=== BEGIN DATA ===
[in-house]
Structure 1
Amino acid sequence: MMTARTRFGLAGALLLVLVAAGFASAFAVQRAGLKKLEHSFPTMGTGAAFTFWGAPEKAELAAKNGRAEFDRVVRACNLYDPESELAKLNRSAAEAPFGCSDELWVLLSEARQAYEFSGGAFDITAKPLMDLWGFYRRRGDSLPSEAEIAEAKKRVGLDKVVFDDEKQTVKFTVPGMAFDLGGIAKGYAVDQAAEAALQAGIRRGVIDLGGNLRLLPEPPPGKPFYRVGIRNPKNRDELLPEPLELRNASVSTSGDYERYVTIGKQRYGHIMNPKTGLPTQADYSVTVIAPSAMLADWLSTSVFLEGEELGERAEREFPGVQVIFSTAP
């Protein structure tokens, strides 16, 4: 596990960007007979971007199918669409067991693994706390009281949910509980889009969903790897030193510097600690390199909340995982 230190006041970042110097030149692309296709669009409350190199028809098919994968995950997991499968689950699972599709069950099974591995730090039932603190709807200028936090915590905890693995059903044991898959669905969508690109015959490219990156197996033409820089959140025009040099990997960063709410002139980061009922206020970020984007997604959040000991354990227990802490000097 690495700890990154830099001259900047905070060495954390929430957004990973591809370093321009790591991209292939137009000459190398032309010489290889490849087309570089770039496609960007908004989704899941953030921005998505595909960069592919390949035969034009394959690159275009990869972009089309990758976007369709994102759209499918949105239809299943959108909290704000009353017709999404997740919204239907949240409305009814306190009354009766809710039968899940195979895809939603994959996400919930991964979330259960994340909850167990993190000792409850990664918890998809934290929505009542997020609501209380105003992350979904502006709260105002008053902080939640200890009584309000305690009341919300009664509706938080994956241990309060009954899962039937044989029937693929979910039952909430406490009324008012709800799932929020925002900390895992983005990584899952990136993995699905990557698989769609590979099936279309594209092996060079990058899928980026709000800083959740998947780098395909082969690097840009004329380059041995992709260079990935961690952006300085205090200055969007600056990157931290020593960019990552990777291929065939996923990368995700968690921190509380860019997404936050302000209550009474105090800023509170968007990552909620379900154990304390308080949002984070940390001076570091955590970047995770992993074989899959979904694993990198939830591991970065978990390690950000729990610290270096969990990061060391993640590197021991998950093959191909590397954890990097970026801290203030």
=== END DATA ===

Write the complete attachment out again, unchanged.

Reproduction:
[in-house]
Structure 1
Amino acid sequence: MMTARTRFGLAGALLLVLVAAGFASAFAVQRAGLKKLEHSFPTMGTGAAFTFWGAPEKAELAAKNGRAEFDRVVRACNLYDPESELAKLNRSAAEAPFGCSDELWVLLSEARQAYEFSGGAFDITAKPLMDLWGFYRRRGDSLPSEAEIAEAKKRVGLDKVVFDDEKQTVKFTVPGMAFDLGGIAKGYAVDQAAEAALQAGIRRGVIDLGGNLRLLPEPPPGKPFYRVGIRNPKNRDELLPEPLELRNASVSTSGDYERYVTIGKQRYGHIMNPKTGLPTQADYSVTVIAPSAMLADWLSTSVFLEGEELGERAEREFPGVQVIFSTAP
């Protein structure tokens, strides 16, 4: 596990960007007979971007199918669409067991693994706390009281949910509980889009969903790897030193510097600690390199909340995982 230190006041970042110097030149692309296709669009409350190199028809098919994968995950997991499968689950699972599709069950099974591995730090039932603190709807200028936090915590905890693995059903044991898959669905969508690109015959490219990156197996033409820089959140025009040099990997960063709410002139980061009922206020970020984007997604959040000991354990227990802490000097 690495700890990154830099001259900047905070060495954390929430957004990973591809370093321009790591991209292939137009000459190398032309010489290889490849087309570089770039496609960007908004989704899941953030921005998505595909960069592919390949035969034009394959690159275009990869972009089309990758976007369709994102759209499918949105239809299943959108909290704000009353017709999404997740919204239907949240409305009814306190009354009766809710039968899940195979895809939603994959996400919930991964979330259960994340909850167990993190000792409850990664918890998809934290929505009542997020609501209380105003992350979904502006709260105002008053902080939640200890009584309000305690009341919300009664509706938080994956241990309060009954899962039937044989029937693929979910039952909430406490009324008012709800799932929020925002900390895992983005990584899952990136993995699905990557698989769609590979099936279309594209092996060079990058899928980026709000800083959740998947780098395909082969690097840009004329380059041995992709260079990935961690952006300085205090200055969007600056990157931290020593960019990552990777291929065939996923990368995700968690921190509380860019997404936050302000209550009474105090800023509170968007990552909620379900154990304390308080949002984070940390001076570091955590970047995770992993074989899959979904694993990198939830591991970065978990390690950000729990610290270096969990990061060391993640590197021991998950093959191909590397954890990097970026801290203030």